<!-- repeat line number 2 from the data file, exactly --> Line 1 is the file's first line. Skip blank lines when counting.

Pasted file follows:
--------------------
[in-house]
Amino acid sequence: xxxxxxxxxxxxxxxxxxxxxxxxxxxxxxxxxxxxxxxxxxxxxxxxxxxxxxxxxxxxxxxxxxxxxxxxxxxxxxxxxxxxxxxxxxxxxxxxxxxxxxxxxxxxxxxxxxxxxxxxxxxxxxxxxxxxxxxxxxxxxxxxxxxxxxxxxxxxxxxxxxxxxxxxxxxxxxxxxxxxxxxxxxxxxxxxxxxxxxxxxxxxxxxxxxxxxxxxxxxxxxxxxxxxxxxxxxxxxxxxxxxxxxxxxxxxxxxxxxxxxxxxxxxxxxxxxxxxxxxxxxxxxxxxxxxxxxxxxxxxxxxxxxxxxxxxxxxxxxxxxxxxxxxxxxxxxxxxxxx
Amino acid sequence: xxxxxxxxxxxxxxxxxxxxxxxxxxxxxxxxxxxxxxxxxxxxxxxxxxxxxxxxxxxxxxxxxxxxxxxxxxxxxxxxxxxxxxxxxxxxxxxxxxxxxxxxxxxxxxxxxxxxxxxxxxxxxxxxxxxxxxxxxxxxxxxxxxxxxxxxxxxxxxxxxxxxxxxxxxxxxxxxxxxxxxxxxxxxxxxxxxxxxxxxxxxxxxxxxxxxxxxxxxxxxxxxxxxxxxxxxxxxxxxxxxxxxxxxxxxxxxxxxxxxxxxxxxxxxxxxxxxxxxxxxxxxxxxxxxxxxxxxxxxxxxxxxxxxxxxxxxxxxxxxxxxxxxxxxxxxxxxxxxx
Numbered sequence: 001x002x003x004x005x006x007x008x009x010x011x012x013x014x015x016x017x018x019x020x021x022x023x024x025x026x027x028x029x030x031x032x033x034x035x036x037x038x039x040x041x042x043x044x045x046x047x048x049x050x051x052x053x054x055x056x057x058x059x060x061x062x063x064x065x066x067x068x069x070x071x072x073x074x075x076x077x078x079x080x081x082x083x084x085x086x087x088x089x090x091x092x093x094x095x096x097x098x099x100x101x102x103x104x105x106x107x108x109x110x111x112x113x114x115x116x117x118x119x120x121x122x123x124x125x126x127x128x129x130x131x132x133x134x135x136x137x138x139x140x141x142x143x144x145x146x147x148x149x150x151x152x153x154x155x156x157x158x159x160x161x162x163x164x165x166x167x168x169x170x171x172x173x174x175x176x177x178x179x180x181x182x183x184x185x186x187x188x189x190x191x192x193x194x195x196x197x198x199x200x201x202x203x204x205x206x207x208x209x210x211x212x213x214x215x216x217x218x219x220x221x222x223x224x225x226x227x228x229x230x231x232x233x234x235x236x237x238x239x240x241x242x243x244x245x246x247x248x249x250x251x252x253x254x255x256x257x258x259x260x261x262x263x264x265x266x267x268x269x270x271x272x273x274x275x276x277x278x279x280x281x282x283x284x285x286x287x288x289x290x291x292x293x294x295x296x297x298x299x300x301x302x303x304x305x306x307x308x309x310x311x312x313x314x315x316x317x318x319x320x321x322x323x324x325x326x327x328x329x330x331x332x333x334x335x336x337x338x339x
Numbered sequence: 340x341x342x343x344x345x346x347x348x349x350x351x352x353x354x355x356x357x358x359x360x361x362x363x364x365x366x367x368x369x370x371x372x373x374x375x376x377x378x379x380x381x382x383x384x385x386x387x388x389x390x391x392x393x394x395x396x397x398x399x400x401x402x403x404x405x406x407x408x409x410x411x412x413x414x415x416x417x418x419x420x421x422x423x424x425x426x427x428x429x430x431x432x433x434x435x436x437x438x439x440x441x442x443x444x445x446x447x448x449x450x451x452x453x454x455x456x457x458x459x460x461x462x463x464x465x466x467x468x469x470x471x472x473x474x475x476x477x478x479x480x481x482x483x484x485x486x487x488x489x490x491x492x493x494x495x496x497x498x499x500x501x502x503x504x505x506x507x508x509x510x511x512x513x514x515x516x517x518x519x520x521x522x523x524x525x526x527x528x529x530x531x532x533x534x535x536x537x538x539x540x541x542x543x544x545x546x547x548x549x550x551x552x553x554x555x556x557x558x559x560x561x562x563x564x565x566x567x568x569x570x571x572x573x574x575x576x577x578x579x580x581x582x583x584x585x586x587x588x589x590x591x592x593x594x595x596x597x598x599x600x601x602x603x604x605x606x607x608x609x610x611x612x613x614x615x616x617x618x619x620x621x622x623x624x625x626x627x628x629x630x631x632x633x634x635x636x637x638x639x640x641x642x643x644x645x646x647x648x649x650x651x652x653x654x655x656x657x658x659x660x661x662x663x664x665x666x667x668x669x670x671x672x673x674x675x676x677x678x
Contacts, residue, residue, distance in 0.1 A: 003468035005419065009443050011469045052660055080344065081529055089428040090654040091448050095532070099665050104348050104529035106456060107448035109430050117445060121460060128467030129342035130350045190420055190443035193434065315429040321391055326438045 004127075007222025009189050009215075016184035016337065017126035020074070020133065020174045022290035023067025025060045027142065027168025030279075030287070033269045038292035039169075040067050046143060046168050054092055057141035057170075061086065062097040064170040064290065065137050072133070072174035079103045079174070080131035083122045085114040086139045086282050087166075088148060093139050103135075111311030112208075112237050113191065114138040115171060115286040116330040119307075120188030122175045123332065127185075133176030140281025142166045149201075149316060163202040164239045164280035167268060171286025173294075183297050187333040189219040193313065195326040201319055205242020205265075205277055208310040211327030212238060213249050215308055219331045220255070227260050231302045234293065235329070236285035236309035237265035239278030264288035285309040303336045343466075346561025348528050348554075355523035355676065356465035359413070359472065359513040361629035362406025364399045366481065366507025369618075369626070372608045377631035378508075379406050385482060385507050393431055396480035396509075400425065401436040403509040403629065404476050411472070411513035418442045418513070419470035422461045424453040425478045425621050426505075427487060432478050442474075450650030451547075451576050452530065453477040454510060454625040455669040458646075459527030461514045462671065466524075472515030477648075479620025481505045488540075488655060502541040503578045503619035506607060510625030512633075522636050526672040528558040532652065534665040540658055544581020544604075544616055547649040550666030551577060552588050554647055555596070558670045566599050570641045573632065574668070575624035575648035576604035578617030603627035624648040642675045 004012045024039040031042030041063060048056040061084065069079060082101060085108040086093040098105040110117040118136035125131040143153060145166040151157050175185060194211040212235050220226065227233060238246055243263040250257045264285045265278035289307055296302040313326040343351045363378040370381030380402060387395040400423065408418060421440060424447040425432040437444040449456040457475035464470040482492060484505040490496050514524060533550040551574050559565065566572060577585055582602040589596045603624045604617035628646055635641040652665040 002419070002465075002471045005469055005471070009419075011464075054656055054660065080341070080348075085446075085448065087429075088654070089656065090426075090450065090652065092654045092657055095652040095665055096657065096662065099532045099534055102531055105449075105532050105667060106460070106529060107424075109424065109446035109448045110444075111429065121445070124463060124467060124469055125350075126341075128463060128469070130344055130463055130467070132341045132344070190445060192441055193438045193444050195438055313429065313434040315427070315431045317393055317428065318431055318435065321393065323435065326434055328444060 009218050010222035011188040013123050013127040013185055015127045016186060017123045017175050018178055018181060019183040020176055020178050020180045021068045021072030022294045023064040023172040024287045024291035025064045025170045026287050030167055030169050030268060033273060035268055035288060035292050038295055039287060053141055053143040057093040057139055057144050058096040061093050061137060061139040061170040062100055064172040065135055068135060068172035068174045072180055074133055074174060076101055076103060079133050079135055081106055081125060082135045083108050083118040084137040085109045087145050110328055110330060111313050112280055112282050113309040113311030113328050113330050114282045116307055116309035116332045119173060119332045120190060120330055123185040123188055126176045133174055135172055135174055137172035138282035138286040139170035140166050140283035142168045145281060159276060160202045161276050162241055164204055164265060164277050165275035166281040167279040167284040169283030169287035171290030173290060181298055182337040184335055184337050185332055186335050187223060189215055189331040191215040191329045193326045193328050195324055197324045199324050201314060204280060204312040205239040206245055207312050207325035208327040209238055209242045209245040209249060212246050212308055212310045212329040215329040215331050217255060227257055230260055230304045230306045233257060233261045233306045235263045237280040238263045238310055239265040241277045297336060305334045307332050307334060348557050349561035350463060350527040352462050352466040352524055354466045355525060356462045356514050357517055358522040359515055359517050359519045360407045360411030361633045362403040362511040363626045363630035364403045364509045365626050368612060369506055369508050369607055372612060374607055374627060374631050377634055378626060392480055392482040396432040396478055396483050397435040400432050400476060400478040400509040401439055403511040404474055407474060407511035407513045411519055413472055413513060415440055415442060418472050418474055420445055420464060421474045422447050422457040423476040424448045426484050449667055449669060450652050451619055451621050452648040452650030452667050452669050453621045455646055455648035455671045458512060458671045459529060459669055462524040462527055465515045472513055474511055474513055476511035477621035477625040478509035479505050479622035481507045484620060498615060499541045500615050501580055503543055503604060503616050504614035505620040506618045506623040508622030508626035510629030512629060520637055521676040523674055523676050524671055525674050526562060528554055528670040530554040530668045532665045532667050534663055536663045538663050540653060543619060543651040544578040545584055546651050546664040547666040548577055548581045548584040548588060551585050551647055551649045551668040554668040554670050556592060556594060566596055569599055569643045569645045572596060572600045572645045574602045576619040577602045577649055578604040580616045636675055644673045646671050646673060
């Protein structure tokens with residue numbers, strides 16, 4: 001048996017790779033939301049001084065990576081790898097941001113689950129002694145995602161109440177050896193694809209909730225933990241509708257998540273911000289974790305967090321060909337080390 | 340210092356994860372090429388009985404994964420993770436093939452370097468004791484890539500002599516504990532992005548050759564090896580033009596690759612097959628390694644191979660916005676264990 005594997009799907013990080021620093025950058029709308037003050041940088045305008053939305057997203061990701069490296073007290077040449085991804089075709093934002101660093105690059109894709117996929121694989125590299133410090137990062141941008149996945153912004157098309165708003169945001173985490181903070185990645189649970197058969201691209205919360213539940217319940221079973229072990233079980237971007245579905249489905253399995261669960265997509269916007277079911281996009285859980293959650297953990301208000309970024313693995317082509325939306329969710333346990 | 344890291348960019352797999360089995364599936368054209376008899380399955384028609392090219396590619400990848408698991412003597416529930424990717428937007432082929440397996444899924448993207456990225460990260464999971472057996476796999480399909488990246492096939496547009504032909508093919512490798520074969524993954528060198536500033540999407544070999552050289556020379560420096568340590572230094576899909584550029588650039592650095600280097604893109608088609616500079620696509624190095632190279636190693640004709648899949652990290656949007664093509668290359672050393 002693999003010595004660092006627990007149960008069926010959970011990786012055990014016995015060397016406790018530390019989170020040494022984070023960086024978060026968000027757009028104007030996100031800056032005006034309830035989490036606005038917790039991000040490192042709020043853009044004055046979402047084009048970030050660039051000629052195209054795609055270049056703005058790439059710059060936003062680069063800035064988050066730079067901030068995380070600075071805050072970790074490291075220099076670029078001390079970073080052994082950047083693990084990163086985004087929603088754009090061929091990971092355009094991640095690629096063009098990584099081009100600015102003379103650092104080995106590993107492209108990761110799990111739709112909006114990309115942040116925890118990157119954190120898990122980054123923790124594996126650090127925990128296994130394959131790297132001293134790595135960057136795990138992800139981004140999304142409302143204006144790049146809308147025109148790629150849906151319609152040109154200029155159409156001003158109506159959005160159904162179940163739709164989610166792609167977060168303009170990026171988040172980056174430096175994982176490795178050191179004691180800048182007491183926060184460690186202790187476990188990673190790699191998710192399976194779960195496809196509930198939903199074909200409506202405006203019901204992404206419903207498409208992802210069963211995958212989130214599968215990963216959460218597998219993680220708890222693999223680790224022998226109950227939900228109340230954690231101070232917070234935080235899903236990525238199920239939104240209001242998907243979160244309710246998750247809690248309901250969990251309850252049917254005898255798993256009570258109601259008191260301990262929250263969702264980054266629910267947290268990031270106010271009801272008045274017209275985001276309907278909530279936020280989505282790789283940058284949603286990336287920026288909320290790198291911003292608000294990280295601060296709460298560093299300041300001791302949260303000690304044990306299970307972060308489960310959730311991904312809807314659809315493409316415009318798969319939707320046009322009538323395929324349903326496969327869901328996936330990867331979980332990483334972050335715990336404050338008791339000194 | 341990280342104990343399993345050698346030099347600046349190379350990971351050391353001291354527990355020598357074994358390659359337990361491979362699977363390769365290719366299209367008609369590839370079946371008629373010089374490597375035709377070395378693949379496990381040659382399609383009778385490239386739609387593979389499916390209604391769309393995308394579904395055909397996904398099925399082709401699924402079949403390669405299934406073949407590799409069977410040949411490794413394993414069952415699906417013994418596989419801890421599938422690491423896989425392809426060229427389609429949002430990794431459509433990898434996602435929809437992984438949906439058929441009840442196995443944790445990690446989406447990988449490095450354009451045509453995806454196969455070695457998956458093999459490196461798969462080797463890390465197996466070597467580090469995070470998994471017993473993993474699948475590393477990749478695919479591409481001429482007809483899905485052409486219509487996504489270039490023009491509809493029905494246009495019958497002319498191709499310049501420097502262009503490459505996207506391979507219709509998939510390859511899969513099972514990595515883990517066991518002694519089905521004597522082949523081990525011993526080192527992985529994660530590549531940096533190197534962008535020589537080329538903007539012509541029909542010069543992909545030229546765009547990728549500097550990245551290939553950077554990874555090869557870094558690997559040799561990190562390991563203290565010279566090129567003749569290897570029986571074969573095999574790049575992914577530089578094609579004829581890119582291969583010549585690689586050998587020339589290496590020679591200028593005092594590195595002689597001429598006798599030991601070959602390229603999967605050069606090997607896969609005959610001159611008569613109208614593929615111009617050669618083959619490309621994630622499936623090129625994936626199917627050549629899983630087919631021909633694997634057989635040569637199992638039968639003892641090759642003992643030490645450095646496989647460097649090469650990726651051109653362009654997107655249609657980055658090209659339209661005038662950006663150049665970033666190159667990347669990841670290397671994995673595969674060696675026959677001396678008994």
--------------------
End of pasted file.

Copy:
Amino acid sequence: xxxxxxxxxxxxxxxxxxxxxxxxxxxxxxxxxxxxxxxxxxxxxxxxxxxxxxxxxxxxxxxxxxxxxxxxxxxxxxxxxxxxxxxxxxxxxxxxxxxxxxxxxxxxxxxxxxxxxxxxxxxxxxxxxxxxxxxxxxxxxxxxxxxxxxxxxxxxxxxxxxxxxxxxxxxxxxxxxxxxxxxxxxxxxxxxxxxxxxxxxxxxxxxxxxxxxxxxxxxxxxxxxxxxxxxxxxxxxxxxxxxxxxxxxxxxxxxxxxxxxxxxxxxxxxxxxxxxxxxxxxxxxxxxxxxxxxxxxxxxxxxxxxxxxxxxxxxxxxxxxxxxxxxxxxxxxxxxxxx